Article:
Many little boys were in the audience that day to see Gene Autry, and remembered for decades how their cowboy hero performed right in front of them on the stage of the Princess Theatre.
In 1978 Gene Autry’s autobiography, Back in the Saddle Again, was published. Included in the book were Autry’s memories from his 1938 stop in Maury County. “I remember Columbia, Tennessee --- which proudly billed itself as The Mule Capital of the World --- as the city that taught me the meaning of the phrase “the show must go on.”
Recalling the time that he manned the Western Union office so that the theatre’s sound system could be repaired, Autry wrote “I knew that, at some point, all that honest work I once did would pay off. Off hand, I can’t think of any other entertainers who were able to keep a booking because they knew the Morse Code.”
Shorty Marvin and Rocky Stone from Hollywood appeared with Gene Autry at the Princess Theatre. Pictured with them is John Batts of Columbia (center), a messenger for the local Postal Telegraph Company. Picture taken January 13, 1938.
January 1938, Gene Autry in Columbia, Tennessee at Park Journey and Whitaker Mule Barn. Left to right: Mr. Lacy Whitaker, Norman A. Parks, Autry and Bruce Buford.
The Singing Cowboy died at the age of 91, on October 2, 1998, in Studio City, California. Because of his versatility in performing media, he is unique in the entertainment field in that five stars on Hollywood’s Walk of Fame bear his name. Gene Autry’s memorial stone describes him as follows: AMERICA’S FAVORITE COWBOY, AMERICAN HERO, PHILANTHROPIST, PATRIOT AND VETERAN MOVIE STAR, SINGER, COMPOSER BASEBALL FAN AND OWNER 33RD DEGREE MASON, MEDIA ENTREPRENEUR, LOVING HUSBAND, GENTLEMAN A BELIEVER IN OUR WESTERN HERITAGE
The above story was revived in the early 1980s when Murray Miles spoke to the local Kiwanis Club about the little know incident back in 1938. Although Mr. Miles said that he could not vouch for the truthfulness of the story that had been passed on to him, it turned out that the story was subsequently verified by two things. Pat Greene of Columbia found a picture of Autry at the telegraph, and Gene Autry confirmed it forty years after the incident in his autobiography.1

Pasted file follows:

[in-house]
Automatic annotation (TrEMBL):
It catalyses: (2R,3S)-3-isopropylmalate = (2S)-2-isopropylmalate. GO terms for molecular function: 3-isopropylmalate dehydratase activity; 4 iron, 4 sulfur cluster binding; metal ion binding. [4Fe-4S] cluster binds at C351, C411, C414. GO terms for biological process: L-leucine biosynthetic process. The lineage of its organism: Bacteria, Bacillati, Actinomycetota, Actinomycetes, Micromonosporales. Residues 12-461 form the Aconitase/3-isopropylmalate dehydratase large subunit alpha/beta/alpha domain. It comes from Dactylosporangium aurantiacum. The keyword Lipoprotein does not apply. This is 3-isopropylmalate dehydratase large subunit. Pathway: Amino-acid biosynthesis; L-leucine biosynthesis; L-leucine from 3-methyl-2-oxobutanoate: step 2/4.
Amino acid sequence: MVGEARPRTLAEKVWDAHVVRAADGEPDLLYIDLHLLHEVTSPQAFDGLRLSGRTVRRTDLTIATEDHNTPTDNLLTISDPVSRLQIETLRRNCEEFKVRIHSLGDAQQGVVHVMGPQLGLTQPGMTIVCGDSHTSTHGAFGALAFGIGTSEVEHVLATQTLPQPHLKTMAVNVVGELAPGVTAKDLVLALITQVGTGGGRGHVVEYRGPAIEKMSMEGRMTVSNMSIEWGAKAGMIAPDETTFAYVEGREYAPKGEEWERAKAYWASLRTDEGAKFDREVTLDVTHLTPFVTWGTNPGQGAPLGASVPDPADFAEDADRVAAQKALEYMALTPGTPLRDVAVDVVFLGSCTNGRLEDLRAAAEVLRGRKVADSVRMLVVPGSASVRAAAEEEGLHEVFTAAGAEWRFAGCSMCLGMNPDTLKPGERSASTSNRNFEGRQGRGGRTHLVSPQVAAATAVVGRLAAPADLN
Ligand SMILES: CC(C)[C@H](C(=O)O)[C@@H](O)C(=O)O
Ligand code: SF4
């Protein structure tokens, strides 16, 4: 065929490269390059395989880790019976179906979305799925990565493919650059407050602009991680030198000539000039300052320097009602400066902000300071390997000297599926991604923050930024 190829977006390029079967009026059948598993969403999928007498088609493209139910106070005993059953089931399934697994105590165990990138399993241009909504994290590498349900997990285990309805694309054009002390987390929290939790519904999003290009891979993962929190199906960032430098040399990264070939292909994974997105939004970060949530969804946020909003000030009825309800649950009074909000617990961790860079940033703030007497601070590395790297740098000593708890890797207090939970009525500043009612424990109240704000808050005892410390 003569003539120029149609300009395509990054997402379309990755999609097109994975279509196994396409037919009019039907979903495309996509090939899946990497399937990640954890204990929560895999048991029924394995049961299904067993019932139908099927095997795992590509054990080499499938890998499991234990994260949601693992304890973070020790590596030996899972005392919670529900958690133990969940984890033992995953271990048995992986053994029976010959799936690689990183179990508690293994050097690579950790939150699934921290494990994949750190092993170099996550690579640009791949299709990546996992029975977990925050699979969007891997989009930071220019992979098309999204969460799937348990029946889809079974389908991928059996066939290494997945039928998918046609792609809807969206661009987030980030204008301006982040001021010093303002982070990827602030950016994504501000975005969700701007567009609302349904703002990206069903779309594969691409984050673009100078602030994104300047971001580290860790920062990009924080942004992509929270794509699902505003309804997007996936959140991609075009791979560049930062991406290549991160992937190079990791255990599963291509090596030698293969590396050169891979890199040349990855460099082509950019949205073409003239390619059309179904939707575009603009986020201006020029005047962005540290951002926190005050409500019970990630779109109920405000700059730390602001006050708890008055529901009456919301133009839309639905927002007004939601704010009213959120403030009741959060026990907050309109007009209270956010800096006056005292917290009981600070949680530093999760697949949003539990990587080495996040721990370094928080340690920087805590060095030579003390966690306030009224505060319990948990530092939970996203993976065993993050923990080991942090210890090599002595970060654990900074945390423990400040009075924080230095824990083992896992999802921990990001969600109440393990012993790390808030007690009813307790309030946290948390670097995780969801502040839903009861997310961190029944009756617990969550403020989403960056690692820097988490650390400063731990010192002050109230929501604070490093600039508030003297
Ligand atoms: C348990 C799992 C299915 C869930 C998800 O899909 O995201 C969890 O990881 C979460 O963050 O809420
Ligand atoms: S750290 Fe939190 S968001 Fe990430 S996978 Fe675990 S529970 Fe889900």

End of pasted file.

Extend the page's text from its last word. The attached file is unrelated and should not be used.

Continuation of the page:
Gene Autry also became a savvy businessman, developing and promoting his own lines of western-themed merchandise. During World War II, he enlisted in the U.S. Army Air Forces, where he served as a pilot from 1942-1945. After the war, he returned to the music charts in 1949 with the holiday classic “Rudolph the Red-Nosed Reindeer.” He subsequently starred for five seasons on The Gene Autry Show in the 1950s during the early years of television, and a series of comic books were made of the tales of Gene Autry.
GENE AUTRY in Columbia, Tennessee During his 1938 personal appearance tour stop in Maury County, Gene Autry was photographed sending telegraphs at the Western Union office located in the Bethel House Hotel. Another stop included the campus of Columbia Military Academy. The picture above shows cadets surrounding the country’s #1 musical cowboy, Gene Autry. Picture from the Lucille Courtney collection
1 Garrett, Jill, “Autry’s Book of Interest to Columbia”, Hither and Yon The Best of the Writings of Jill K. Garrett, Maury County Historical Society, 2nd edition, 1999, pg. 102-103